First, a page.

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  • (chemistry) A naturally occurring fibrous mineral found in certain types of rock formations. The primary use of asbestos was as a fireproofing material, applied to structural steel members in multistory commercial buildings to attain proper fire protection. With its resistance to heat, asbestos was able to keep the building structure from bending and warping if exposed to fire. After widespread use of asbestos, over a 15 to 25 year time span, a pattern of illness gradually began to occur in asbestos workers. Three diseases linked to asbestos exposure are asbestosis, a fibrous scarring of the lungs, lung cancer, and mesothelioma, a cancer of the lining of the chest or abdominal cavity. [Indoor Air Quality; Hays, S. M., Gobbell, R. V., Ganick, N. R.; McGraw-Hill, New York, 1995.] Source: Atmospheric Chemistry Glossary
  • (environment) A mineral fiber that can pollute air or water and cause cancer or asbestosis when inhaled. EPA has banned or severely restricted its use in manufacturing and construction. Source: Terms of the Environment
  • (geology)
  1. A general term applied to certain fibrous minerals displaying similar physical characteristics although differing in composition. Some asbestos has fibers long enough to be spun into fabrics with great heat resistance, such as those for automobile brake linings. Types with shorter fibers are compressed into insulating boards, shingles, etc. Most common asbestos mineral (95 percent of United States production) is chrysotile, a variety of serpentine, a metamorphic mineral.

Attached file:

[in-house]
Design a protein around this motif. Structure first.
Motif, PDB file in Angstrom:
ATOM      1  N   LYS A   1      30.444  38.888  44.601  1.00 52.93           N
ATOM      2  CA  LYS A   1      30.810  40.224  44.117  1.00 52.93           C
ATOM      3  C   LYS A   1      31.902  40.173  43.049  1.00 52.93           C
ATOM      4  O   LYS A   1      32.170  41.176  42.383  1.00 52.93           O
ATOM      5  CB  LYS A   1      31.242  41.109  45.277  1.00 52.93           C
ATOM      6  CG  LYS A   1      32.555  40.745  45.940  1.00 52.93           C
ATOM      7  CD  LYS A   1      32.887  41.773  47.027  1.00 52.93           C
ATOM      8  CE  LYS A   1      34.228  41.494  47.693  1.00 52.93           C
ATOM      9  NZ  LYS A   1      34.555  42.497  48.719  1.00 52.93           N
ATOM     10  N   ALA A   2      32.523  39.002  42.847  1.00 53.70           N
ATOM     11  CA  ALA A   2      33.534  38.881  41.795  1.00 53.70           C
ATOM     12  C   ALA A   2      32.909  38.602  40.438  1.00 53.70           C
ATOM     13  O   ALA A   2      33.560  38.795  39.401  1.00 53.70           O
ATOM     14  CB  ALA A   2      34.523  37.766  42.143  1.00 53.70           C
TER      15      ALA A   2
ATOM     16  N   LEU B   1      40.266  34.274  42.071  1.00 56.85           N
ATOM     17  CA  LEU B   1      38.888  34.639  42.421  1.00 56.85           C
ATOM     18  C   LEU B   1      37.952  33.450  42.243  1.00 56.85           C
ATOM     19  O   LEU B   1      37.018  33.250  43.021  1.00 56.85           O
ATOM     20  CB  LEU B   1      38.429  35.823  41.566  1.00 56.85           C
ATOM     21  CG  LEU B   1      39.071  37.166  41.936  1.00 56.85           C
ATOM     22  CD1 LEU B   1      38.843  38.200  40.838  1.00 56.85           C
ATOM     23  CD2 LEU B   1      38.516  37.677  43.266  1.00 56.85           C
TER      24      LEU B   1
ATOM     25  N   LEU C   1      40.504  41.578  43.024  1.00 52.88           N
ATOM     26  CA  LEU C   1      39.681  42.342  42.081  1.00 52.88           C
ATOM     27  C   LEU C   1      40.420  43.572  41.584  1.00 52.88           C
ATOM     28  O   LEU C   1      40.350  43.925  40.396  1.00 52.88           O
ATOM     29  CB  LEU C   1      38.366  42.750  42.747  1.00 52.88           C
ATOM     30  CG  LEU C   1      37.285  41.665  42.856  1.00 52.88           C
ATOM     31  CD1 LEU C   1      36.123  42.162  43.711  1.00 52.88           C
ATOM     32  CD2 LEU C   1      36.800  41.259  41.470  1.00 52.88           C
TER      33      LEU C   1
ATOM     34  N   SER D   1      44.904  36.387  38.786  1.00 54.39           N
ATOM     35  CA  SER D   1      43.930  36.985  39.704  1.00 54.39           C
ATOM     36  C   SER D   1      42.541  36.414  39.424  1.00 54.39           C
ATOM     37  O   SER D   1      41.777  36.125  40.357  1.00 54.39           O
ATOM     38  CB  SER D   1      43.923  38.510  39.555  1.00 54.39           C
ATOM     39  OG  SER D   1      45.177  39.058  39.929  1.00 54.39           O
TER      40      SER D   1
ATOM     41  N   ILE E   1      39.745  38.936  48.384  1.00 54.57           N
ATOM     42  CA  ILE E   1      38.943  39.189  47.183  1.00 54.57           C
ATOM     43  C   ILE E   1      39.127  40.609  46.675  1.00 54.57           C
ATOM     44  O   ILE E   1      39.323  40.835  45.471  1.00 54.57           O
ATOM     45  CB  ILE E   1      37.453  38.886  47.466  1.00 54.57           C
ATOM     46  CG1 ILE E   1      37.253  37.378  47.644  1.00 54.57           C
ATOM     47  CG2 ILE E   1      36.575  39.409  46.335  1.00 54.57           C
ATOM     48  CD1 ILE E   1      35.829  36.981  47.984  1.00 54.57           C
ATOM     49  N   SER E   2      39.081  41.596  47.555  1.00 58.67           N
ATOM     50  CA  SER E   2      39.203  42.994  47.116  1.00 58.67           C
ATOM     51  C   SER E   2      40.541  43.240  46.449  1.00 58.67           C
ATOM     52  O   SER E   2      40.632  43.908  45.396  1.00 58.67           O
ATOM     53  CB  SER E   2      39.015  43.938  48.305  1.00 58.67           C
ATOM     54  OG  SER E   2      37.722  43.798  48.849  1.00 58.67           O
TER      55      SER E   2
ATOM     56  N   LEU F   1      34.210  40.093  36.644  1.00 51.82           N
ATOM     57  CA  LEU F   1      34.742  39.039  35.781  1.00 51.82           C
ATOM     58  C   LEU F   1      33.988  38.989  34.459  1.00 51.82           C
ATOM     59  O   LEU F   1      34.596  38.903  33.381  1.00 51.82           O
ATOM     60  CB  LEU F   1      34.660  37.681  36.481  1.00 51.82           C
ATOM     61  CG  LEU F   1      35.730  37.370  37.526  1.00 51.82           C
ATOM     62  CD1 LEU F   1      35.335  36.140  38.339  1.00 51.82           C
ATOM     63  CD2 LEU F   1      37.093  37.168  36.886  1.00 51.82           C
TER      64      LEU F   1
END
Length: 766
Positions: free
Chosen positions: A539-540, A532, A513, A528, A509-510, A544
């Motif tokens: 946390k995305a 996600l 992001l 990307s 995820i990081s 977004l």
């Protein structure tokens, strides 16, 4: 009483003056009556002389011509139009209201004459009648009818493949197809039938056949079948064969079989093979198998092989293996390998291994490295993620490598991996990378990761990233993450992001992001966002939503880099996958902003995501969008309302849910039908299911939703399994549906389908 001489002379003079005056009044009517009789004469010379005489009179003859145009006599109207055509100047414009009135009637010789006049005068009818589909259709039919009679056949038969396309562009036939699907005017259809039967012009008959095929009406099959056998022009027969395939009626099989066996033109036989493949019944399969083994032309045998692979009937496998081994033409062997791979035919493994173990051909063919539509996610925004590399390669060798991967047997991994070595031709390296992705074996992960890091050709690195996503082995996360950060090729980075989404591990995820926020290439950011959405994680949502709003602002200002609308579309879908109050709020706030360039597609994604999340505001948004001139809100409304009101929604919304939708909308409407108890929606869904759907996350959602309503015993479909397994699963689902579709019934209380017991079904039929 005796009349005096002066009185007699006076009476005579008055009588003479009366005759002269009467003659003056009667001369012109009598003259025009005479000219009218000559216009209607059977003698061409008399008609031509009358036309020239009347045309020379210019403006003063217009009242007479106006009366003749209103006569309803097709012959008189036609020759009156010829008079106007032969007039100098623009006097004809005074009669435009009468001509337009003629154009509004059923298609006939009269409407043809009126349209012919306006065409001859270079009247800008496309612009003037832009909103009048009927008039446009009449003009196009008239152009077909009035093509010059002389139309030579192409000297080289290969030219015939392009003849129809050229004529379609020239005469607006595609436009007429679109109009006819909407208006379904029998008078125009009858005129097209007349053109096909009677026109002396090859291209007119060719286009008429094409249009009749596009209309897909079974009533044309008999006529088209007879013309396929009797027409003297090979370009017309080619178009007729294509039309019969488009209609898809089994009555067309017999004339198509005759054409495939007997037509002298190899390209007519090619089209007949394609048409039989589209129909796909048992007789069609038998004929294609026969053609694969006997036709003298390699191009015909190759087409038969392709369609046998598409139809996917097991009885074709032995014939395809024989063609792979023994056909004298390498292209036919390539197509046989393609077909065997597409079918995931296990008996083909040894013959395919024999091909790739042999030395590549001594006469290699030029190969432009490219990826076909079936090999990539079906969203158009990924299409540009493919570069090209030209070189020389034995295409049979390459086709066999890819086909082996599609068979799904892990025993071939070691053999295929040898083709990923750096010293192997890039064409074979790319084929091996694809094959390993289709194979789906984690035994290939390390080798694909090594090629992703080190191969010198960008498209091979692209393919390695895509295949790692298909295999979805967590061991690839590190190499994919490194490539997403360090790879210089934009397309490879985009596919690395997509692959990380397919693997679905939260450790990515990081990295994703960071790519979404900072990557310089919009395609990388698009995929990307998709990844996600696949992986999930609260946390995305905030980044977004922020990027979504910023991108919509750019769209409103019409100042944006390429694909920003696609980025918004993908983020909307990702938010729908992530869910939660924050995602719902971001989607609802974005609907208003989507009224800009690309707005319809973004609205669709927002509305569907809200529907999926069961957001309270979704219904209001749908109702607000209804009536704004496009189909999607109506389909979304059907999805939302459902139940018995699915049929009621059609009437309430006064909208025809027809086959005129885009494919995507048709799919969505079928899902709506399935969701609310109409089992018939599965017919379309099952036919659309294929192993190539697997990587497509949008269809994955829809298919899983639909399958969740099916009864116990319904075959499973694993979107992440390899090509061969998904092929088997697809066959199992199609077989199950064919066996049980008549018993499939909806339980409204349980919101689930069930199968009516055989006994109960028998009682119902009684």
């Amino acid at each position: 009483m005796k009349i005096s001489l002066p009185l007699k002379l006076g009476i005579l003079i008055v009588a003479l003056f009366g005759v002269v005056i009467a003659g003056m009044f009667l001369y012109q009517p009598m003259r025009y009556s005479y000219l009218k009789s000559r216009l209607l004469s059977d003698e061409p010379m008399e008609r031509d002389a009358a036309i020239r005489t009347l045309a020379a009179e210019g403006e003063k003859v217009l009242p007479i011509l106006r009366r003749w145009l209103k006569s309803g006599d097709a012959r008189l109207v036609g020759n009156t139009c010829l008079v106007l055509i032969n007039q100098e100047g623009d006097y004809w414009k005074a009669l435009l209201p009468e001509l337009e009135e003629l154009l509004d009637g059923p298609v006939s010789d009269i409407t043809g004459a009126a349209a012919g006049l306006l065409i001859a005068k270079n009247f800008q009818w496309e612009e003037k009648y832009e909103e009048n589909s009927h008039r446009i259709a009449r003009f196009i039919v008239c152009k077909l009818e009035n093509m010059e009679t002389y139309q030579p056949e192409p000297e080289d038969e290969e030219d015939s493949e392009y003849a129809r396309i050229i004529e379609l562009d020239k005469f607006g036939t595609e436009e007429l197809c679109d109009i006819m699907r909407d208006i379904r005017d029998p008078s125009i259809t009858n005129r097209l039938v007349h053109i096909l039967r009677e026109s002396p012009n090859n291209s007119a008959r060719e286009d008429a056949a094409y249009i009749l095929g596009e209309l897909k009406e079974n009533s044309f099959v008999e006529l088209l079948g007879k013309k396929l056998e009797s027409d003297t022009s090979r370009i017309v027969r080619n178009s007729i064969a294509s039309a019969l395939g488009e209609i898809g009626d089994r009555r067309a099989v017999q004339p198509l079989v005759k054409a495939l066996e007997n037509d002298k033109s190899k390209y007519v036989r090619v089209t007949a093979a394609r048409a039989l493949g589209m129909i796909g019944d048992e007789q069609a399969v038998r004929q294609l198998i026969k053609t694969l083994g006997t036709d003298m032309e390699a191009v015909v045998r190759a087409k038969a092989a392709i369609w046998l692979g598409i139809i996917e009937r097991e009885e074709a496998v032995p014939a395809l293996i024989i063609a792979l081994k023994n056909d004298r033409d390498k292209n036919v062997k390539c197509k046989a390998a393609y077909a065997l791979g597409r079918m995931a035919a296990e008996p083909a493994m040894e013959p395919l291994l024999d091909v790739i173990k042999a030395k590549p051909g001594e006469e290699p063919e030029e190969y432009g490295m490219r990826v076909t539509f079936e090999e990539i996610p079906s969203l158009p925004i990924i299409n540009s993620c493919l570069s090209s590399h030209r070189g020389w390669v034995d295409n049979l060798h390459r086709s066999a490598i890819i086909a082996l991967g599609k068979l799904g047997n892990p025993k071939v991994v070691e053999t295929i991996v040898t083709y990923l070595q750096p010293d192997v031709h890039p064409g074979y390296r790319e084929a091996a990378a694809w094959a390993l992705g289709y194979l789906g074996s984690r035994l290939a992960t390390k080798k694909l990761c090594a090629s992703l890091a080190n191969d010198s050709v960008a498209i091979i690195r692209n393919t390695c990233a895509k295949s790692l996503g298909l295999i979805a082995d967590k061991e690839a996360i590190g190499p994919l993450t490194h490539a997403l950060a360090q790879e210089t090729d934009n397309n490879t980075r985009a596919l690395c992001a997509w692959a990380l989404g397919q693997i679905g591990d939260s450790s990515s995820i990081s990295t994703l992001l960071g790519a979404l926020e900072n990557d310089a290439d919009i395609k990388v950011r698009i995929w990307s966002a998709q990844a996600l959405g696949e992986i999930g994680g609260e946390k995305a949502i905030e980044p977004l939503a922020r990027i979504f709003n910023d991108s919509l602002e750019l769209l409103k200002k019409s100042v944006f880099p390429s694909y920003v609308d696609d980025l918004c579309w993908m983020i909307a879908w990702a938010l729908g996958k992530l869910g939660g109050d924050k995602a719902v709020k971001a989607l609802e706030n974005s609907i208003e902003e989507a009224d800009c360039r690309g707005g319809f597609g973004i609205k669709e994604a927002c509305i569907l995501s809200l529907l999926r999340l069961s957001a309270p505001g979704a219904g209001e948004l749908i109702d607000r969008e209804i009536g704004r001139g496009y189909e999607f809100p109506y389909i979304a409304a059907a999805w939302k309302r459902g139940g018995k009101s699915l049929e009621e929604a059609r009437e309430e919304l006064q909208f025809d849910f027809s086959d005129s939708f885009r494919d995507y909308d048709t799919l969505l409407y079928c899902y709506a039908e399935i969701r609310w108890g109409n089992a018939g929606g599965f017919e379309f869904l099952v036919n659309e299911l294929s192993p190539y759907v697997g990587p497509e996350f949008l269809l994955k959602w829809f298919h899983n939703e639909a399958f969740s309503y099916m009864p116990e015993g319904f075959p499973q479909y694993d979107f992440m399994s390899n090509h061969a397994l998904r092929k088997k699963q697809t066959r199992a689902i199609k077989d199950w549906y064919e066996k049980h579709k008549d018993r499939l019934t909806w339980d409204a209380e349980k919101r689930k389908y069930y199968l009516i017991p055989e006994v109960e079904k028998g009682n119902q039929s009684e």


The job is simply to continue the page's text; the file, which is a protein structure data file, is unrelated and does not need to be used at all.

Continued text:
Source: Leet, L. Don. 1982. Physical Geology, 6th Edition. Englewood Cliffs, NJ: Prentice-Hall
  2. A commercial term applied to silicate minerals that separate readily into thin, strong fibers that are flexible, heat resistant, and chemically inert, thus making them suitable for uses (as in yarn, cloth, paper, paint, brake linings, tiles, insulation, cement, fillers, and filters) where incombustible, nonconducting, or chemically resistant material is required. Since the early 1970's, there have been serious enviromental concerns about the potential health hazards of asbestos products, which has resulted in strong enviromental regulations.
  3. Any asbestiform mineral of the serpentine group (chrysotile, best adapted for spinning and the principal variety in commerce) or amphibole group (esp. actinolite, anthophyllite, gedrite, cummingtonite, grunerite, riebeckite, and tremolite).
  4. A term strictly applied to asbestiform actinolite. Syn: asbestus; amianthus; earth flax; mountain flax; rock wool.
    Source: Dictionary of Mining, Mineral, and Related Terms